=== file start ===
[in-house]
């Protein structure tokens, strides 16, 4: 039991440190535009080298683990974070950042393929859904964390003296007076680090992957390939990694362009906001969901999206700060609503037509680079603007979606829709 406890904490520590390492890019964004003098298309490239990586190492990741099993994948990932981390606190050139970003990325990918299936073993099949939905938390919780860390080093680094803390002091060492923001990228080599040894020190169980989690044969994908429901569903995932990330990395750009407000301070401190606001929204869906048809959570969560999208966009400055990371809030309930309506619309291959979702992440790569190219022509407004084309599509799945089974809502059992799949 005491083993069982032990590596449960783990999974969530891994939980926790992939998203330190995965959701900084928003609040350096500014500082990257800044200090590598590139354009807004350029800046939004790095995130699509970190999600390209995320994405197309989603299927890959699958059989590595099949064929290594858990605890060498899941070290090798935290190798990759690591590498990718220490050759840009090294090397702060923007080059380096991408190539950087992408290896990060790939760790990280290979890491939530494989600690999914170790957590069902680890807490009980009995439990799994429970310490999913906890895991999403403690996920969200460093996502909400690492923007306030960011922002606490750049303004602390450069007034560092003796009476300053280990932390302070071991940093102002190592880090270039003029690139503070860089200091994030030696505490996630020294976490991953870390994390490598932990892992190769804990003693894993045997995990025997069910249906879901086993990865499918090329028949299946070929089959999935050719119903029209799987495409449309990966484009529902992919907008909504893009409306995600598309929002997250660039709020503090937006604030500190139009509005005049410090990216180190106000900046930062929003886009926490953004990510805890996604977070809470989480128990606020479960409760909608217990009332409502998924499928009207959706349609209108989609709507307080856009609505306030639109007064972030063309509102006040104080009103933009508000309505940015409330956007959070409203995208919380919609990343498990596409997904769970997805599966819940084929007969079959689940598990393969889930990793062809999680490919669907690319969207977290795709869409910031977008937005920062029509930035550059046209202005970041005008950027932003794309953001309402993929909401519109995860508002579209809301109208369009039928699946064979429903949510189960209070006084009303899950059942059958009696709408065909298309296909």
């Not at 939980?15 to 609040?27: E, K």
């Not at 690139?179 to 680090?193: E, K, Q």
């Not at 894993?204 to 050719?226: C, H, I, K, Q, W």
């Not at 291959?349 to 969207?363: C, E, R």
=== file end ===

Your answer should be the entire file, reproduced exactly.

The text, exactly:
[in-house]
């Protein structure tokens, strides 16, 4: 039991440190535009080298683990974070950042393929859904964390003296007076680090992957390939990694362009906001969901999206700060609503037509680079603007979606829709 406890904490520590390492890019964004003098298309490239990586190492990741099993994948990932981390606190050139970003990325990918299936073993099949939905938390919780860390080093680094803390002091060492923001990228080599040894020190169980989690044969994908429901569903995932990330990395750009407000301070401190606001929204869906048809959570969560999208966009400055990371809030309930309506619309291959979702992440790569190219022509407004084309599509799945089974809502059992799949 005491083993069982032990590596449960783990999974969530891994939980926790992939998203330190995965959701900084928003609040350096500014500082990257800044200090590598590139354009807004350029800046939004790095995130699509970190999600390209995320994405197309989603299927890959699958059989590595099949064929290594858990605890060498899941070290090798935290190798990759690591590498990718220490050759840009090294090397702060923007080059380096991408190539950087992408290896990060790939760790990280290979890491939530494989600690999914170790957590069902680890807490009980009995439990799994429970310490999913906890895991999403403690996920969200460093996502909400690492923007306030960011922002606490750049303004602390450069007034560092003796009476300053280990932390302070071991940093102002190592880090270039003029690139503070860089200091994030030696505490996630020294976490991953870390994390490598932990892992190769804990003693894993045997995990025997069910249906879901086993990865499918090329028949299946070929089959999935050719119903029209799987495409449309990966484009529902992919907008909504893009409306995600598309929002997250660039709020503090937006604030500190139009509005005049410090990216180190106000900046930062929003886009926490953004990510805890996604977070809470989480128990606020479960409760909608217990009332409502998924499928009207959706349609209108989609709507307080856009609505306030639109007064972030063309509102006040104080009103933009508000309505940015409330956007959070409203995208919380919609990343498990596409997904769970997805599966819940084929007969079959689940598990393969889930990793062809999680490919669907690319969207977290795709869409910031977008937005920062029509930035550059046209202005970041005008950027932003794309953001309402993929909401519109995860508002579209809301109208369009039928699946064979429903949510189960209070006084009303899950059942059958009696709408065909298309296909």
């Not at 939980?15 to 609040?27: E, K």
């Not at 690139?179 to 680090?193: E, K, Q």
């Not at 894993?204 to 050719?226: C, H, I, K, Q, W």
């Not at 291959?349 to 969207?363: C, E, R």